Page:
David MacPherson – sadly missed
David MacPherson – sadly missed
We are sad to report the passing of David MacPherson, who died on 6 November 2021 at the age of 73.
David was born in Haddington on 22 March 1948. The son of a rag and bone man, David soon became a familiar face in the town as he accompanied his father on his horse and cart.
David was well known in his community throughout his life. When in a café or out walking, someone would always want to speak to him. David loved that.
David’s early learning about getting rid of unwanted household goods also stayed with him. If he got fed up with something, he would say it was “cheerio”. This meant that the item was destined for the bin, which was fine in some circumstances but a bit of a problem when something new or valuable disappeared unexpectedly. When a brand new pair of glasses went missing, ELCAP staff hunted high and low for them before David eventually said they were “cheerio”. David’s farewell to the glasses was final, as the bins had been emptied that day.
David remained very active until late in his life. He wasn’t one for sitting around and he always had to be up to something. Quite often, this something was best described as “mischief”.
David had a sense of fun and liked to keep everyone on their toes. Derek Mack, who supported David between 2015 and 2018, said:
“I would often describe him as being like a naughty little brother. He had that kind of humour. David would often try and see how far he could push you. He liked to test out staff, but you couldn’t help but love him and do everything you could do to protect him. He just had that way about him.”
David liked it when ELCAP staff were doing things around the house or in the garden. While he wasn’t keen on housework, he liked to lend a hand with other tasks. David had a large garden with various fruit trees and enjoyed spending time there.
Reflecting on the time he spent with David, Derek said:
“As a keen gardener I often spent many hours with him doing various jobs around the garden. On a nice day, we would just sit with a cuppa and have a chat. Once you got to know and understand David’s ways of communicating, you could have a good wee blether. I found out all about his dad having horses for the cart he once had and that his dad used to go shooting. Many other stories cropped up.”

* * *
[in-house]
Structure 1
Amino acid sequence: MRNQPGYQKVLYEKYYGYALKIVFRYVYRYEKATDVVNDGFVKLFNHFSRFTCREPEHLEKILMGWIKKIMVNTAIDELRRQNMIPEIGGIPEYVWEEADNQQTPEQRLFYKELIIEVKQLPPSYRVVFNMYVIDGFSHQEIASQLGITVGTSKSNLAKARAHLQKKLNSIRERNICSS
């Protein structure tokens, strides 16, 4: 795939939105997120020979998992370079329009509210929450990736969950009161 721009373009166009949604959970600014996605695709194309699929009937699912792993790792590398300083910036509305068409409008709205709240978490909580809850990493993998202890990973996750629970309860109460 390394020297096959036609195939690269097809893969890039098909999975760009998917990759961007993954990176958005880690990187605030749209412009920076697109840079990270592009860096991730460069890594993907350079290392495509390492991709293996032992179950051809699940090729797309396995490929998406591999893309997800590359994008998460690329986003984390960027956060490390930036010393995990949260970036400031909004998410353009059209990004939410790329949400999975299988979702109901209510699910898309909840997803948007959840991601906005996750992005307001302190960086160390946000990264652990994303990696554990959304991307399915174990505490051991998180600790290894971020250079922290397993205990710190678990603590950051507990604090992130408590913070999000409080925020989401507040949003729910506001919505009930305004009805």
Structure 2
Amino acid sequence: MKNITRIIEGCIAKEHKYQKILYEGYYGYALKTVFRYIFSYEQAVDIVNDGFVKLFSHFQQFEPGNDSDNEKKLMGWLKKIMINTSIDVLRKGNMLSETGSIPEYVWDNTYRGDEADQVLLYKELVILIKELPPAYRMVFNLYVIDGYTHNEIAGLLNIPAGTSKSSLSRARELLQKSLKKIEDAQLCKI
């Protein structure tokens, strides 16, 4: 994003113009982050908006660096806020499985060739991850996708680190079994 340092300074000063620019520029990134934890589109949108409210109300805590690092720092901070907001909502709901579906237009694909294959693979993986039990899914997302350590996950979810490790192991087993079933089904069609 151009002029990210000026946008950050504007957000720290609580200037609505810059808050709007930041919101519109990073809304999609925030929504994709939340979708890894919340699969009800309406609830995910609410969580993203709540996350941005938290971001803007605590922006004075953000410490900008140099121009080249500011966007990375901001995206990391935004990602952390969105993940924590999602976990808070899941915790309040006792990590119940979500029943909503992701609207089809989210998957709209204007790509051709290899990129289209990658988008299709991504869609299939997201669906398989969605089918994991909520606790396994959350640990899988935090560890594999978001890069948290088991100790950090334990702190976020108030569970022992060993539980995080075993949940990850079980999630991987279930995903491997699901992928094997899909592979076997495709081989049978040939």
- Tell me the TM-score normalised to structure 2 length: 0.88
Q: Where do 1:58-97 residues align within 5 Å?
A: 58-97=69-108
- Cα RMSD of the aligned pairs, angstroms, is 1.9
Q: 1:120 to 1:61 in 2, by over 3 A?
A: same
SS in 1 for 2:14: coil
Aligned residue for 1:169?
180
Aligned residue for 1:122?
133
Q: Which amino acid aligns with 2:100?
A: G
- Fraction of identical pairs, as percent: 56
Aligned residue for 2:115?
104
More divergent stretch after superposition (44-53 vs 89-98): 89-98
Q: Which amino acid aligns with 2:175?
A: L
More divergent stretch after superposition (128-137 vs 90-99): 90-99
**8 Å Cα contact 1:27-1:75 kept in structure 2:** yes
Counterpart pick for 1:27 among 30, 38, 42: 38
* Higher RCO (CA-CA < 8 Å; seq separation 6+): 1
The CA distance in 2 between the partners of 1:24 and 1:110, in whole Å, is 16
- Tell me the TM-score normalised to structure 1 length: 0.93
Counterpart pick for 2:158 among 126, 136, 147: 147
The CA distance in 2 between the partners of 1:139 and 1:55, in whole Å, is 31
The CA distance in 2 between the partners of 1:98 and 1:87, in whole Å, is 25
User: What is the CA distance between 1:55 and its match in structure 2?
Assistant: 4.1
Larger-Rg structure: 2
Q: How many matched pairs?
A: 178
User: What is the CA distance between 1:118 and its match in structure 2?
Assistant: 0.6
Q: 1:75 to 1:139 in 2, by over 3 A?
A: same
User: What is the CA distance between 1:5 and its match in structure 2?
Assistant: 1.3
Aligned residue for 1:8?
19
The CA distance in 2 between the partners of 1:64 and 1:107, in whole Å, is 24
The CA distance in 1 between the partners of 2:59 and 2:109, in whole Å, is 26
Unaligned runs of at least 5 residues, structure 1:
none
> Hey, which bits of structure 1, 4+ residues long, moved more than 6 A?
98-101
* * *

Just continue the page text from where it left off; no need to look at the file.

David had a great relationship with his neighbours. They always spoke to him and looked out for him, enquiring how he was doing. Derek said:
“I was told by them on more than one occasion the difference ELCAP had made to David’s life. It is always very satisfying and humbling to hear that from members of the public.”
Music was one of David’s great loves. He regularly attended the accordion clubs at MacMerry and West Barns, where he would be up dancing. His hand clapping was always the loudest and most enthusiastic in the hall.
David also liked his food. The pie he got at MacMerry and the cake he had at West Barns were an added bonus on great nights out. He also looked forward to having a wee dram while he was there.
On Tuesdays, David would to go the pub, while on Thursdays he would play bingo at Nungate Community Centre. On Sundays, he attended services at St Mary’s Church. David enjoyed socialising and being among people meant a lot to him.
As well as these regular events close to home, David liked to go for a run in the bus or car, especially if the trips involved stopping off for a cuppa or lunch.
David funeral was held at Seafield Crematorium on 30 November. The service was attended by a good number of current and former members of ELCAP staff, who came to pay their respects to an individual who had played an important part in their lives.
Among the mourners was Jacky Mein. Looking back on her time supporting David, Jacky said:
“I’ve got so many good memories of working with David. Our happiest times were walking with his dog, Lucky Riley. We would get the bus to Dunbar If the weather was good and walk from Belhaven, along the cliff top trail, back to the harbour, then stop for fish and chips on the way home..
I worked with David for roughly a year and a half. He was a kind and gentle man.”
David will be sadly missed, but fondly remembered by everyone who knew him.
Thanks to Isobel Dowie, David Drummond, Kathy Fairgrieve, Shirley Henderson, Carol Kay, Carole McCaldin, Derek Mack, Tracey Malcolm, Jacky Mein, Ritchie Peyton, Keith Rudyj, Paul Smiles and Nicola Stewart for their support for David. Thanks too to the colleagues – too many to mention – who supported David when he was first involved with ELCAP.
Special thanks to Derek and Jacky for sharing their warm memories.